Academic publishers make Murdoch look like a socialist
Who are the most ruthless capitalists in the western world? Whose monopolistic practices make Walmart look like a corner shop and Rupert Murdoch a socialist? You won't guess the answer in a month of Sundays. While there are plenty of candidates, my vote goes not to the banks, the oil companies or the health insurers, but – wait for it – to academic publishers. Theirs might sound like a fusty and insignificant sector. It is anything but. Everyone claims to agree that people should be encouraged to understand science and other academic research. You might resent Murdoch's paywall policy, in which he charges £1 for 24 hours of access to the Times and Sunday Times. Of course, you could go into the library (if it still exists). Murdoch pays his journalists and editors, and his companies generate much of the content they use. The returns are astronomical: in the past financial year, for example, Elsevier's operating profit margin was 36% (£724m on revenues of £2bn).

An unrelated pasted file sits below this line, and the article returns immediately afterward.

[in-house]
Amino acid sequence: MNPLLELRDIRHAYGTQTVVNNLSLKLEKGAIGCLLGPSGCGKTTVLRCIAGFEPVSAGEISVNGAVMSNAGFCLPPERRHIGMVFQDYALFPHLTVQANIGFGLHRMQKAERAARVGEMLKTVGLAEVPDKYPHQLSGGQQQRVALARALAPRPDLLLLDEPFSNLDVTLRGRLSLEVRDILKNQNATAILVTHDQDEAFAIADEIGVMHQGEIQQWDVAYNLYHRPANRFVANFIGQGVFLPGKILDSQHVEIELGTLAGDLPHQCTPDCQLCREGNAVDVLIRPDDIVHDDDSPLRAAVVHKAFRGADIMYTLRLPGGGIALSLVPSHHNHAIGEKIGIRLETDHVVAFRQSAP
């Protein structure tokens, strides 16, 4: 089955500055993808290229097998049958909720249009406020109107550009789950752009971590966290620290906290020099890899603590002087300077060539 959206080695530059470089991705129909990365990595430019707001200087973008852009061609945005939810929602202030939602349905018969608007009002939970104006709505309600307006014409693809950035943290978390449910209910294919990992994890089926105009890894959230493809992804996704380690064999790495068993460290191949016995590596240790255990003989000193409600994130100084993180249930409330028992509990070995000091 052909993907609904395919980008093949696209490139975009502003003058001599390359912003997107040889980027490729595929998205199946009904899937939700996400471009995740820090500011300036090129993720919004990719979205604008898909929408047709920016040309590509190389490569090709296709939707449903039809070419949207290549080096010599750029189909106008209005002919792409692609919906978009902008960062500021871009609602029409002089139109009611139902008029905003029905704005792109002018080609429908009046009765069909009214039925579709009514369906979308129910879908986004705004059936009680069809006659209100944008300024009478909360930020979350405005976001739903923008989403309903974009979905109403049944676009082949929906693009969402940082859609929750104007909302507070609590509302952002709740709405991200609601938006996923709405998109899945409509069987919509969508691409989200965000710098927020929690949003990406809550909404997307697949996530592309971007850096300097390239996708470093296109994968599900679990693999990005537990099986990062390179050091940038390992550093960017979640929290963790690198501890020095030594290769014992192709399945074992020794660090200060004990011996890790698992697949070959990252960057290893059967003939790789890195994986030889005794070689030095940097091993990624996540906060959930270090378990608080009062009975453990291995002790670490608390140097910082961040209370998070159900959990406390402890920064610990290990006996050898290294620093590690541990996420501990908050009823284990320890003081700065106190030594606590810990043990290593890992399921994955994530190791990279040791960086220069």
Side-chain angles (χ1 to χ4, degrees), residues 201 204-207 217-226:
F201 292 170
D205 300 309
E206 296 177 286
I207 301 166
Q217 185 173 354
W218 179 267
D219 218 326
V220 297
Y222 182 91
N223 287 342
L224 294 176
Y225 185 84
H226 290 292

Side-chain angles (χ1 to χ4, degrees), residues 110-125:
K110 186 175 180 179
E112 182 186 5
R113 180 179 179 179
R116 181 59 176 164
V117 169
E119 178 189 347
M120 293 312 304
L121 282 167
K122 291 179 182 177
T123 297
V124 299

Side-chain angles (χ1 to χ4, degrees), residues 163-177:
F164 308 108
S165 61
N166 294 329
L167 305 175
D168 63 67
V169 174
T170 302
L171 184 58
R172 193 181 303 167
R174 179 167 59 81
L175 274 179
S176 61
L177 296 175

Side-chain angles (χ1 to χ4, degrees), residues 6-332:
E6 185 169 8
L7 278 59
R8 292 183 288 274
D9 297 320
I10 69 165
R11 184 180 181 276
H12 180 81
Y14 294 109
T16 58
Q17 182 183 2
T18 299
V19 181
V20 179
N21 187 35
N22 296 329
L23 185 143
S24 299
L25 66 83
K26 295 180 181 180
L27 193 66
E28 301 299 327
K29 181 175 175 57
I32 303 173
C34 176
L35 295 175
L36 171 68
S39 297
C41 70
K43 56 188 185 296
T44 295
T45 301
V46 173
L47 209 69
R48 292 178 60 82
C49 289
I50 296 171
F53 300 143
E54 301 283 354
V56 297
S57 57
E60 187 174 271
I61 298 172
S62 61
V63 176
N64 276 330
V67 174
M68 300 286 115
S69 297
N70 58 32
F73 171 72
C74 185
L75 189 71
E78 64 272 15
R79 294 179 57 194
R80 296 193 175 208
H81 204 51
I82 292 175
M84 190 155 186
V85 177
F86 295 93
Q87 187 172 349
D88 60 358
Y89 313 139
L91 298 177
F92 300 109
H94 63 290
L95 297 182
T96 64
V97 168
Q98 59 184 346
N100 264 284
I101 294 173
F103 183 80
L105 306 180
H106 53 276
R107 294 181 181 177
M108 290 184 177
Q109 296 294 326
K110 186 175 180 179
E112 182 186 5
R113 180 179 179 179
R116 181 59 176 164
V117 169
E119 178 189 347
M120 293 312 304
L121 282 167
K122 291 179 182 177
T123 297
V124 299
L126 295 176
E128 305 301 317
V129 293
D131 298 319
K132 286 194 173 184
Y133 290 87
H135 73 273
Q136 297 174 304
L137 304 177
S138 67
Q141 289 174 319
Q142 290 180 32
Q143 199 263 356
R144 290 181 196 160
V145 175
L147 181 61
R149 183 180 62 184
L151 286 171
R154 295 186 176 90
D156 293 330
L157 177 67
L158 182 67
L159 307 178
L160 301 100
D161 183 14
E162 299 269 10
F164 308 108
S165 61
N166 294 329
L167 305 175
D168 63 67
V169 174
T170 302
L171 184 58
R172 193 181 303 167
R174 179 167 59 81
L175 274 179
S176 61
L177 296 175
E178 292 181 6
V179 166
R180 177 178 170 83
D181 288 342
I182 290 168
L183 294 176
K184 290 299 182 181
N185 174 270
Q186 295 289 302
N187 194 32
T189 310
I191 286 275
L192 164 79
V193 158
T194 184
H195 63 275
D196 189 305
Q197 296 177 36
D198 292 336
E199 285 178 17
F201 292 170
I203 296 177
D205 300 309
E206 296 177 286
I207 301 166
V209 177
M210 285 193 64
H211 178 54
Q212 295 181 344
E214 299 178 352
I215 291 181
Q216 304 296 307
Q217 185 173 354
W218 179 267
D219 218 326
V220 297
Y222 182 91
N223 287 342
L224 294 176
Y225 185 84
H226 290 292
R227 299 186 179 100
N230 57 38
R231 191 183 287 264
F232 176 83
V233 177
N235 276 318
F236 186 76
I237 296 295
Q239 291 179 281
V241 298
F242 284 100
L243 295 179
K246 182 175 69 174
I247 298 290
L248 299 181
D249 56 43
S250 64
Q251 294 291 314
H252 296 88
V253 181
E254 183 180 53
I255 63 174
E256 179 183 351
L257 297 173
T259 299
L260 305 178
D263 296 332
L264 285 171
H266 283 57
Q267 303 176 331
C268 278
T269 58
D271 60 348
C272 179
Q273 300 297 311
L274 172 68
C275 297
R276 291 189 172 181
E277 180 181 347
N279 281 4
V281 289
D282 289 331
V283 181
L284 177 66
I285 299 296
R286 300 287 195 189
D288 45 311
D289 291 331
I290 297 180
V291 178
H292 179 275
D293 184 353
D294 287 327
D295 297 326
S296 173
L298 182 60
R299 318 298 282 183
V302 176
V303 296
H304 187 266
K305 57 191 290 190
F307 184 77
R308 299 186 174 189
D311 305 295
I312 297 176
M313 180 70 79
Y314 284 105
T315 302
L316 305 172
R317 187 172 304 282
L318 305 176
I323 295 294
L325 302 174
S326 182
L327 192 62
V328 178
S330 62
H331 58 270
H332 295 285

Related: Open Access versus public closed gardens of Academic Publishers
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